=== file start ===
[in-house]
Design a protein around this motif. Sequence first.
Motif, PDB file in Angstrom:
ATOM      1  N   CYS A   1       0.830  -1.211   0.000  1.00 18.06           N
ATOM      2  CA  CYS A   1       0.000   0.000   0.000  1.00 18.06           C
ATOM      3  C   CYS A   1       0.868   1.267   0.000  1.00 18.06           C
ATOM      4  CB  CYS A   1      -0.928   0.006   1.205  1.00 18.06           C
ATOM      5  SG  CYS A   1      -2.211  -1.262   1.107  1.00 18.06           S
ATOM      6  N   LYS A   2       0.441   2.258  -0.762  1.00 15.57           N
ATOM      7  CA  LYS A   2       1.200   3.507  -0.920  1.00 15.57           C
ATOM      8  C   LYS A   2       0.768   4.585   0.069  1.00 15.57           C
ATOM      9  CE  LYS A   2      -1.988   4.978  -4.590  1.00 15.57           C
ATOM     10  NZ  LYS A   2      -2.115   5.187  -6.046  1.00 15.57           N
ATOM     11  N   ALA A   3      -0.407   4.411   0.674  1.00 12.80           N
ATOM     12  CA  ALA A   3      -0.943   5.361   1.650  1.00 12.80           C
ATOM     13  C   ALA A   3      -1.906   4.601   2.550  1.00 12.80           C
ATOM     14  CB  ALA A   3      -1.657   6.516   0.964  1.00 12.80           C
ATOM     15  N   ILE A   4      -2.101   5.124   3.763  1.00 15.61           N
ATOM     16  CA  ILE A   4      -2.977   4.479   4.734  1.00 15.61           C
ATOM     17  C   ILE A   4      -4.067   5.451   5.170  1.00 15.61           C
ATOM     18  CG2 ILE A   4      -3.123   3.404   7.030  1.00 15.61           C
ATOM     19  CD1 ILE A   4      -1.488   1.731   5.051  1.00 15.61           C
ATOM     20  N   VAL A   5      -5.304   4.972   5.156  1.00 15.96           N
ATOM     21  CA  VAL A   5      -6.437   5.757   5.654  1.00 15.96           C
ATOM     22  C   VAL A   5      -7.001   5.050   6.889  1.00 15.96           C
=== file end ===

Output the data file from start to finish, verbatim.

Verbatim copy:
[in-house]
Design a protein around this motif. Sequence first.
Motif, PDB file in Angstrom:
ATOM      1  N   CYS A   1       0.830  -1.211   0.000  1.00 18.06           N
ATOM      2  CA  CYS A   1       0.000   0.000   0.000  1.00 18.06           C
ATOM      3  C   CYS A   1       0.868   1.267   0.000  1.00 18.06           C
ATOM      4  CB  CYS A   1      -0.928   0.006   1.205  1.00 18.06           C
ATOM      5  SG  CYS A   1      -2.211  -1.262   1.107  1.00 18.06           S
ATOM      6  N   LYS A   2       0.441   2.258  -0.762  1.00 15.57           N
ATOM      7  CA  LYS A   2       1.200   3.507  -0.920  1.00 15.57           C
ATOM      8  C   LYS A   2       0.768   4.585   0.069  1.00 15.57           C
ATOM      9  CE  LYS A   2      -1.988   4.978  -4.590  1.00 15.57           C
ATOM     10  NZ  LYS A   2      -2.115   5.187  -6.046  1.00 15.57           N
ATOM     11  N   ALA A   3      -0.407   4.411   0.674  1.00 12.80           N
ATOM     12  CA  ALA A   3      -0.943   5.361   1.650  1.00 12.80           C
ATOM     13  C   ALA A   3      -1.906   4.601   2.550  1.00 12.80           C
ATOM     14  CB  ALA A   3      -1.657   6.516   0.964  1.00 12.80           C
ATOM     15  N   ILE A   4      -2.101   5.124   3.763  1.00 15.61           N
ATOM     16  CA  ILE A   4      -2.977   4.479   4.734  1.00 15.61           C
ATOM     17  C   ILE A   4      -4.067   5.451   5.170  1.00 15.61           C
ATOM     18  CG2 ILE A   4      -3.123   3.404   7.030  1.00 15.61           C
ATOM     19  CD1 ILE A   4      -1.488   1.731   5.051  1.00 15.61           C
ATOM     20  N   VAL A   5      -5.304   4.972   5.156  1.00 15.96           N
ATOM     21  CA  VAL A   5      -6.437   5.757   5.654  1.00 15.96           C
ATOM     22  C   VAL A   5      -7.001   5.050   6.889  1.00 15.96           C